What ’ second interesting about the second temper of The X-Files is how hard it works to establish and expand the world of The X-Files, and how much of that is driven as much by production necessities as by anything else. Gillian Anderson ’ s pregnancy was something of a output problem for the show, limiting the actress ’ handiness and character ’ randomness options. While a trenchcoat does so much to hide a bump, Scully could not truly shoulder one half of the read in its second base season .
The first season had treated Scully as the character most accessible to the spectator. The show begins with Mulder already locked away in the basement of the FBI, and closely familiar with UFO lore and extrasensory matters, but the audience follows Scully as she ventures into the populace of The X-Files. Sure, Mulder gets a lot of character development and history, but we don ’ thyroxine delve besides far into his background .
While Beyond the Sea focuses on Scully ’ s kin midway through the show ’ randomness first gear year, we don ’ t make to meet Mulder ’ s class until towards the end of the second season. Although Conduit gives us some back story for Mulder, we don ’ metric ton get to meet Samantha until Little Green Men. While Conduit deals with Mulder ’ s past trauma allegorically, the first season episode that engages most immediately with Mulder ’ randomness history is Fire, which introduces an ex-girlfriend we never meet ( or hear about ) again .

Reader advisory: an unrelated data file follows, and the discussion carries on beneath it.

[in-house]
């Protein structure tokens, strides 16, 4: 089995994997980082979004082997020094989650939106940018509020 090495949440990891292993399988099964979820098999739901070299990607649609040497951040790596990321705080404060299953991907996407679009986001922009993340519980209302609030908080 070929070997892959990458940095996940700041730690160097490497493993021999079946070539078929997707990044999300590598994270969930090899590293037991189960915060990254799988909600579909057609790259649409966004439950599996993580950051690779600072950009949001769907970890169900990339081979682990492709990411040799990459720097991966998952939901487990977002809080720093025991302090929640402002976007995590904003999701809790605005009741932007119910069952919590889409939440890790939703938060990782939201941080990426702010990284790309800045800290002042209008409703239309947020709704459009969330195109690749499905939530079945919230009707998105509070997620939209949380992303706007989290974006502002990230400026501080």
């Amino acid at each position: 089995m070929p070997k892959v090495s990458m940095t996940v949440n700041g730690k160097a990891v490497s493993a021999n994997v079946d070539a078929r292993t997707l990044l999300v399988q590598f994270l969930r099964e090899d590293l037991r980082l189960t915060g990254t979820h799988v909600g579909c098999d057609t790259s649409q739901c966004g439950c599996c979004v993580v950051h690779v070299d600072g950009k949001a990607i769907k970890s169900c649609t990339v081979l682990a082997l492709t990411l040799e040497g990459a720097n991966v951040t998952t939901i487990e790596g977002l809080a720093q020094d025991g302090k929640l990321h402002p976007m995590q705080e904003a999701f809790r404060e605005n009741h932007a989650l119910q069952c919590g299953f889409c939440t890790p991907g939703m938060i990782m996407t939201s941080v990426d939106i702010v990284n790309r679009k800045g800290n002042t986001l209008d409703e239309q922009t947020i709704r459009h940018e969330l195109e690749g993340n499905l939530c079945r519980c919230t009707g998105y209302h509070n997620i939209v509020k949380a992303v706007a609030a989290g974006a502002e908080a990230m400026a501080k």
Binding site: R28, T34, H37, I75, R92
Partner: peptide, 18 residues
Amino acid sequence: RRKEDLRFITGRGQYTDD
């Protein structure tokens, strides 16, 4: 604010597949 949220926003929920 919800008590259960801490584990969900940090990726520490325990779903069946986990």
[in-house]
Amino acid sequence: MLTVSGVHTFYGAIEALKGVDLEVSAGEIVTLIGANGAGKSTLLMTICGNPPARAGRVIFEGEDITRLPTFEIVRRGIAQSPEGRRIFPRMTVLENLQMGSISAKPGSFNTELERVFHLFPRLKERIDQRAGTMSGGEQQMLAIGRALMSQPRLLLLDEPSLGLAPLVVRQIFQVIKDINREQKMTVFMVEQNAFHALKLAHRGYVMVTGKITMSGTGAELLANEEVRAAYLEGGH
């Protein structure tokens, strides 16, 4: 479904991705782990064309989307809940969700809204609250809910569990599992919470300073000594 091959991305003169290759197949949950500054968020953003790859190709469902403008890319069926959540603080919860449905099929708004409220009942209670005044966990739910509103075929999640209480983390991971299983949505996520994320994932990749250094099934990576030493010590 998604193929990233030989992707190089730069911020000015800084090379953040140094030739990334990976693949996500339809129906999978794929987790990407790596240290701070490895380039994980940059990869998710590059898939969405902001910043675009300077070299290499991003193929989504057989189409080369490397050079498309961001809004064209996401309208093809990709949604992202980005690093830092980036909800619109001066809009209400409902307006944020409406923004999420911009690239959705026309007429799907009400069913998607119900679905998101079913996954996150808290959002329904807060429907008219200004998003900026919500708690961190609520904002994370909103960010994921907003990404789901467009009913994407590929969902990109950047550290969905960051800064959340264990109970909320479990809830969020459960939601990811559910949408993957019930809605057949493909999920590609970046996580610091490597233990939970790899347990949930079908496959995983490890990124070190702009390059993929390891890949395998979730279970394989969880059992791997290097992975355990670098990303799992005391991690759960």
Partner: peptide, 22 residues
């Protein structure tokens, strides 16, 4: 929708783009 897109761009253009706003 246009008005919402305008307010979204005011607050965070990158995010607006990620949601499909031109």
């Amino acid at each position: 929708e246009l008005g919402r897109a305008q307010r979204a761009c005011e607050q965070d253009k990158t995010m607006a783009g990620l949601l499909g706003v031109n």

With Gillian Anderson largely unavailable, it ’ s the second base season that actually embraces Mulder as the point of view character – to the point where the merely episode that in truth engages with Scully ’ randomness abduction from Scully ’ s position is irresistible. Glen Morgan and James Wong have described little fleeceable Men as an undertake to do Beyond the Sea for Mulder, which tacitly suggests that Scully ’ s quality development in the foremost season had edged ahead a bit of that of Mulder .
While Scully is relegated to a supporting role by real-world production issues, the first block of the second season focuses about entirely on Mulder. Scully has adapted quite well to her reassignment at Quantico. She is a supporter and a voice of rationality to Mulder, an adept who may be consulted, but there ’ s no real discharge for Scully in these episodes. It is Mulder who is driving the case, and Mulder ’ s dissatisfaction and discomfort that anchors these stories .